Millennials are hoping to prevent aging by focusing on “prejuvenation,” such as injectibles, a trend spurred by social media and celebrity trends.
A reported 64% of member facial plastic surgeons reported an increase in cosmetic surgery or injectable treatments in the under 30 crowd.
A reported 64% of member facial plastic surgeons reported an increase in cosmetic surgery or injectable treatments in the under 30 crowd, according to the American Academy of Facial Plastic and Reconstructive Surgery (AAFPRS). They are using these treatments as a preventative measure; facial muscles that cause wrinkles can be trained to move less, thus stopping wrinkles before they start, according to AAFPRS.
“We’re seeing an uptick in the popularity of injections like Botox, Xeomin and Dysport in millennials," said Dr. Edwin Williams, AAFPRS president and facial plastic surgeon. "Social media makes young patients increasingly aware of their lines and wrinkles, and thanks to celebrities and the internet, they know that there are ways to correct it and maintain their youthful skin," Williams said.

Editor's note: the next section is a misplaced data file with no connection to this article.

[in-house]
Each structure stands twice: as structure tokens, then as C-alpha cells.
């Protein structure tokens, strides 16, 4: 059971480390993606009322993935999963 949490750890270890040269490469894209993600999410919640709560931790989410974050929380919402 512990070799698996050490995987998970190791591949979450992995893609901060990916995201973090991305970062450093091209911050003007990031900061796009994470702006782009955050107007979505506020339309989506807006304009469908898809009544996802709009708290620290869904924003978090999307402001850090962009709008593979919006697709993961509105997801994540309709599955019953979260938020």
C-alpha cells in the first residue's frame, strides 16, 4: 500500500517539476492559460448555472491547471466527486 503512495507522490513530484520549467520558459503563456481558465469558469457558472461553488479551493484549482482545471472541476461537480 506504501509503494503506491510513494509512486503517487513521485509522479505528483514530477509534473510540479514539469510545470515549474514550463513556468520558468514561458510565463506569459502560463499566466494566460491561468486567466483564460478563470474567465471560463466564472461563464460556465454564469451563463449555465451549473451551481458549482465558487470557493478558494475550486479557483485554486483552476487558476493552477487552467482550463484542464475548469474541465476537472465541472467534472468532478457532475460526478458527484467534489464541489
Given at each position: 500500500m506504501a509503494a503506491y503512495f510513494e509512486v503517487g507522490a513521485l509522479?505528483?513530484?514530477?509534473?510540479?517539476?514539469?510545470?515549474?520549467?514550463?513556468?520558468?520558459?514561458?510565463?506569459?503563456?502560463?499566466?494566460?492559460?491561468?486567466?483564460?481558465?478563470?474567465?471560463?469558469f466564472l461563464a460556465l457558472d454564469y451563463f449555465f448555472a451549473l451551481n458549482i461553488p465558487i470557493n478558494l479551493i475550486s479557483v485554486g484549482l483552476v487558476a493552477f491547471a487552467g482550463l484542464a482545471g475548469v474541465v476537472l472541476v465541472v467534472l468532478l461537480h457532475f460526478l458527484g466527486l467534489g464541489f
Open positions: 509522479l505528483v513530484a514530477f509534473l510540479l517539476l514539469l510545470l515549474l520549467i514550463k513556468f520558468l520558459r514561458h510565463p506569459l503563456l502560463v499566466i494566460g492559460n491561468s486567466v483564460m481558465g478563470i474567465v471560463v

AAFPRS members agreed that the biggest trend for the future of facial plastic surgery is more emphasis on early maintenance starting in the 20s and 30s to avoid larger procedures and delay the need for cosmetic surgery down the road.
According to Williams, the prevalence of non-invasive procedures like lasers, peels and injections are making it even more appealing for young people to dip their toe into esthetic enhancements. Also, “the commoditization of cosmetic procedures, both surgical and especially non-invasive, is increasing due to Groupon and other daily deal aggregators as well as the prevalence of plastic surgery on TV,” said Williams.
On a similar note, Botox injections are among the top treatments requested at the office of Julia Tzu, M.D., of Wall Street Dermatology in New York, who treats clients who have reached the age of 30. Read more of the story in Skin Inc.
*Botox is a registered trademark of Allergan, Xeomin is a registered trademark of Merz Pharmaceuticals and Dysport is a registered trademark of Galderma Laboratories, L.P.